Samuel Cook was born on January 22, 1931, in Clarksdale, Mississippi. One of eight children, Sam and his family moved to Chicago in 1933. Sam attended the same high school as Nat King Cole, who attended a few years before Sam.
At the age of nine, Sam was singing with his siblings in a group called, “The Singing Children.” When he was fourteen, he was the lead singer of the gospel group, “The Highway QCs.” He then became the lead singer of “The Soul Stirrers” at nineteen and they were signed to Specialty Records.
Sam recorded pop singles under the name of Dale Cook, so as not to anger his gospel fans. During a recording session, Art Rupe, head of Specialty Records, heard Sam recording a Gershwin tune, but Rupe wanted Sam to record songs similar to Little Richard.
Leaving Specialty Records behind, Sam signed with Keen Records in 1957. He had his first hit with “You Send Me.” After a string of hits, Sam signed with RCA in 1960. Other hits while at RCA included “Bring It On Home To Me” with Lou Rawls on backing vocals, “Having A Party” and “Cupid.”
Sam started his own label, SAR Records, signing such artists as Bobby Womack and Johnnie Taylor. He had a good head for business and created a publishing imprint and management company.
On the pop charts, Sam Cooke had 29 Top 40 singles, with one going to number one on the charts. Here are Sam Cooke’s ten biggest hits, according to Billboard’s Top 40 Charts.
1. You Send Me – 1957 – Sam’s only number one pop hit was written by his younger brother, L.C. Cooke. Originally the flip side, the Gershwin tune “Summertime” was to be the “A” side, but deejays started playing “You Send Me” and it was a hit. Other charted versions include, Teresa Brewer and Aretha Franklin.
2. Chain Gang – 1960 – Written by Sam and his brother Charles, the inspiration for this song came when Sam encountered an actual chain gang while on tour. Legend has it Sam gave the men several cartons of cigarettes. This was the first top 10 hit for Sam on RCA.
3. Shake – 1965 – Released posthumously after, this rocker has been covered by Otis Redding, Eric Burdon and the Animals, Ike and Tina Turner and The Supremes. Written by Sam, Otis Redding’s version was selected by the Rock and Roll Hall of Fame’s list of “500 Songs That Shaped Rock and Roll.” The B-side of Sam’s version, “A Change is Gonna Come” also went Top 40 and came to exemplify the Civil Rights Movement of the 1960’s.
4. Twistin’ The Night Away – 1962 – Cashing in on the Twist craze that was going on, Sam went Top 10 with this single on the pop charts and to number one on the R&B Charts. Covered by many, Rod Stewart also hit the charts with his version in 1973.
5. Another Saturday Night – 1963 – From the album “Ain’t That Good News,” this happy rocker went Top 10 for Sam on the pop charts and to number one on the R&B charts. Cat Stevens took his version to number six on the weekly charts in 1974.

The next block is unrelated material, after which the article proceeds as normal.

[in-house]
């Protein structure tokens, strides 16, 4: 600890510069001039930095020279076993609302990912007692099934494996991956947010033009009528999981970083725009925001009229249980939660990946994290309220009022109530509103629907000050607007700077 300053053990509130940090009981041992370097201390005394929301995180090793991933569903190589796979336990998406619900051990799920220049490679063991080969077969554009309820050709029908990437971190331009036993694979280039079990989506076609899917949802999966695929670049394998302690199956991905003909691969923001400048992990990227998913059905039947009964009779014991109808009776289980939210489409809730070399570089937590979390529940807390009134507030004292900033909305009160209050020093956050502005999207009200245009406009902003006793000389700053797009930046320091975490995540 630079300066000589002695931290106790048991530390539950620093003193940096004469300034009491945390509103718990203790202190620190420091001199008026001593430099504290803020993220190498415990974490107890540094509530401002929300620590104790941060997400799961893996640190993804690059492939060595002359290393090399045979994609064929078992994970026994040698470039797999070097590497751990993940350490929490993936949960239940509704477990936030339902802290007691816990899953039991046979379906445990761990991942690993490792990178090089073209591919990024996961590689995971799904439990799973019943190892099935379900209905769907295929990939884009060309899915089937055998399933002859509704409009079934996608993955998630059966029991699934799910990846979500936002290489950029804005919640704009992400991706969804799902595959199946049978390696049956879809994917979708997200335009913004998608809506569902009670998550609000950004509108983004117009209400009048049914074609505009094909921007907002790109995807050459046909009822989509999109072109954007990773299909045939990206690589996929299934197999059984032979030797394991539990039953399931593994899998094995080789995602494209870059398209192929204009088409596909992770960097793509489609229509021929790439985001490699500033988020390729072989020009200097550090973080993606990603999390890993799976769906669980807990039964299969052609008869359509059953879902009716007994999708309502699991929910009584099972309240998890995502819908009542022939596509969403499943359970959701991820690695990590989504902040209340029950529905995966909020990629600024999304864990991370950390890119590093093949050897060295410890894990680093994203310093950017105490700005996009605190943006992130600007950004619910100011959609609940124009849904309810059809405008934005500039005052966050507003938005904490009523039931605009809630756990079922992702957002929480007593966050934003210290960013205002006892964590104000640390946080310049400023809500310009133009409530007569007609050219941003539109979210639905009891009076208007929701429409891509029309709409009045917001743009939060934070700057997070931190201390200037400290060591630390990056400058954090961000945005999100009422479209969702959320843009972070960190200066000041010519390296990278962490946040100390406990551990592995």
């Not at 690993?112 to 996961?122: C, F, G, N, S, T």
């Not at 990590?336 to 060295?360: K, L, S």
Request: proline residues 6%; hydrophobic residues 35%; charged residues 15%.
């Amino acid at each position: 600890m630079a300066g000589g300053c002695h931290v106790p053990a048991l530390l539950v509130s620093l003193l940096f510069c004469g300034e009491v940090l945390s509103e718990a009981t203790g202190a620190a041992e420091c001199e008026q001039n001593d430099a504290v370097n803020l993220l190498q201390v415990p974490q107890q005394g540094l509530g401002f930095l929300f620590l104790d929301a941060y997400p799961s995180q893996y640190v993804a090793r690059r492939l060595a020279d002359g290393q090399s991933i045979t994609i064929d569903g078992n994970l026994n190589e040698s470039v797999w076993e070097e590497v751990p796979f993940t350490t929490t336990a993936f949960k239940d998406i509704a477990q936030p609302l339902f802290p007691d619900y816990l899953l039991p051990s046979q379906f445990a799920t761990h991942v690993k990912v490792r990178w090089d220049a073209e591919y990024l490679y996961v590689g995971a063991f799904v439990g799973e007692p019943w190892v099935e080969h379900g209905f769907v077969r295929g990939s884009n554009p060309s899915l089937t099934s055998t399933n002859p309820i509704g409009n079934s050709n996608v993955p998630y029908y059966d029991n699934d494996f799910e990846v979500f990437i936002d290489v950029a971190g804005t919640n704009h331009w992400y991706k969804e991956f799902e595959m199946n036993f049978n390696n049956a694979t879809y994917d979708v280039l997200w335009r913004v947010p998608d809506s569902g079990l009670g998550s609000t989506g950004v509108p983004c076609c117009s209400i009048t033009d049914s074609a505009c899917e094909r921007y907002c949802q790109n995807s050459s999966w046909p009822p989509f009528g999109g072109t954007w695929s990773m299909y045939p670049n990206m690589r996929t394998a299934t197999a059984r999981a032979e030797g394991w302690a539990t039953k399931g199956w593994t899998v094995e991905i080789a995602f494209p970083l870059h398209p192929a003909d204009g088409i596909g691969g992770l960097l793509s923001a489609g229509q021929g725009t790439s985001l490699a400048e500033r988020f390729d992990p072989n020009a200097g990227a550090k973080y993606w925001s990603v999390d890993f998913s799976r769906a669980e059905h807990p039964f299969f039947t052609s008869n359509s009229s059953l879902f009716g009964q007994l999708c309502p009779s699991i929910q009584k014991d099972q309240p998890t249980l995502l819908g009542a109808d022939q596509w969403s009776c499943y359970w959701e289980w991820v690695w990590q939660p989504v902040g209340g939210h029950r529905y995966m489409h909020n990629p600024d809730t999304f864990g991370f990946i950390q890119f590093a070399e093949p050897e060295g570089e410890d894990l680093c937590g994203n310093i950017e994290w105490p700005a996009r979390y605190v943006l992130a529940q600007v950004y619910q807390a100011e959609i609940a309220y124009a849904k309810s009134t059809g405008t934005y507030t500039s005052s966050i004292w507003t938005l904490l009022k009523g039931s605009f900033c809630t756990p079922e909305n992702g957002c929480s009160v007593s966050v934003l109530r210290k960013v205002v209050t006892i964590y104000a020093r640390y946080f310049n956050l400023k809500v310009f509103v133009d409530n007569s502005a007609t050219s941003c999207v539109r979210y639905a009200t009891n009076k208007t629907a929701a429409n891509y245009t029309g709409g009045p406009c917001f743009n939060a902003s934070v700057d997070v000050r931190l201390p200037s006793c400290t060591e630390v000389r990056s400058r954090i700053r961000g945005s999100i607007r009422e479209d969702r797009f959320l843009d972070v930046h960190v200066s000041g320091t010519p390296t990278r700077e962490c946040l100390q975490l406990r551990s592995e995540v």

6. Little Red Rooster – 1963 – Originally recorded by Howlin’ Wolf in 1961, Sam went Top 20 with his version that featured Ray Charles on the piano and Billy Preston on the organ.
7. (Ain’t That) Good News – 1964 – Done in three takes, this is an adaptation of an older secular song with Sam’s soulful vocals bringing new spirit with an up-tempo beat. He performed this song live on American Bandstand in April 1964.
8. Good Times – 1964 – The B-side of this Top 20 hit was the classic “Tennessee Waltz.” Cover versions of “Good Times” were done by Aretha Franklin, The Rolling Stones and Dan Seals did a country version taking it to number one on the Country Charts in 1990.
9. Wonderful World – 1960 – Written by Sam, Lou Adler and Herb Alpert, the inspiration for this song came from Sam’s high school sweetheart. The song has had many successful remakes, including Herman’s Hermits (1965) and Art Garfunkel with Paul Simon and James Taylor (1978). Sam’s version was also prominent in many movies including “Witness” which had Harrison Ford teaching Amish girl, Kelly McGillis how to dance.
10. Nothing Can Change This Love – 1962 – From the album, “The Man and His Music.”
Sam Cooke’s private life was wrought with tragedy. In 1963, Sam’s 18 month old son, Vincent, was with his wife, Barbara. Vincent wandered away and drowned in the family swimming pool. Sam went into a deep depression and blamed his wife for their son’s death. He worked out of town as much as he could to deal with his grief.
On December 11, 1964, Sam was shot dead, in the manager’s office of the Hacienda Motel in Los Angeles. There is much controversy surrounding the shooting, which the manager claimed was in self defense. However, a large sum of money of Sam’s was missing, plus some inconsistencies in witness accounts and the extent of injuries Sam sustained, after only a single bullet was found in his torso. Injuries that included broken hands, beatings around the face and head and other facial injuries were evident at the funeral.
There has been no evidence to support a conspiracy theory and the motel manager was exonerated with a jury returning the verdict of justifiable homicide.
In 1986, Sam Cooke was inducted into the Rock and Roll Hall of Fame.
In 1999, he was honored with the Grammy Lifetime Achievement Award.
In 2008, he was named the fourth “Greatest Singer of All Time” by Rolling Stone magazine.
Singer Bobby Womack married Sam’s widow, Barbara. Sam’s nephew is singer R.B. Greaves of “Take A Letter Maria” fame.
Sam Cooke was interred at Forest Lawn Memorial Park Cemetery in Glendale, California.
Although it has been nearly five decades since his passing, he is still revered by many as the definitive soul singer.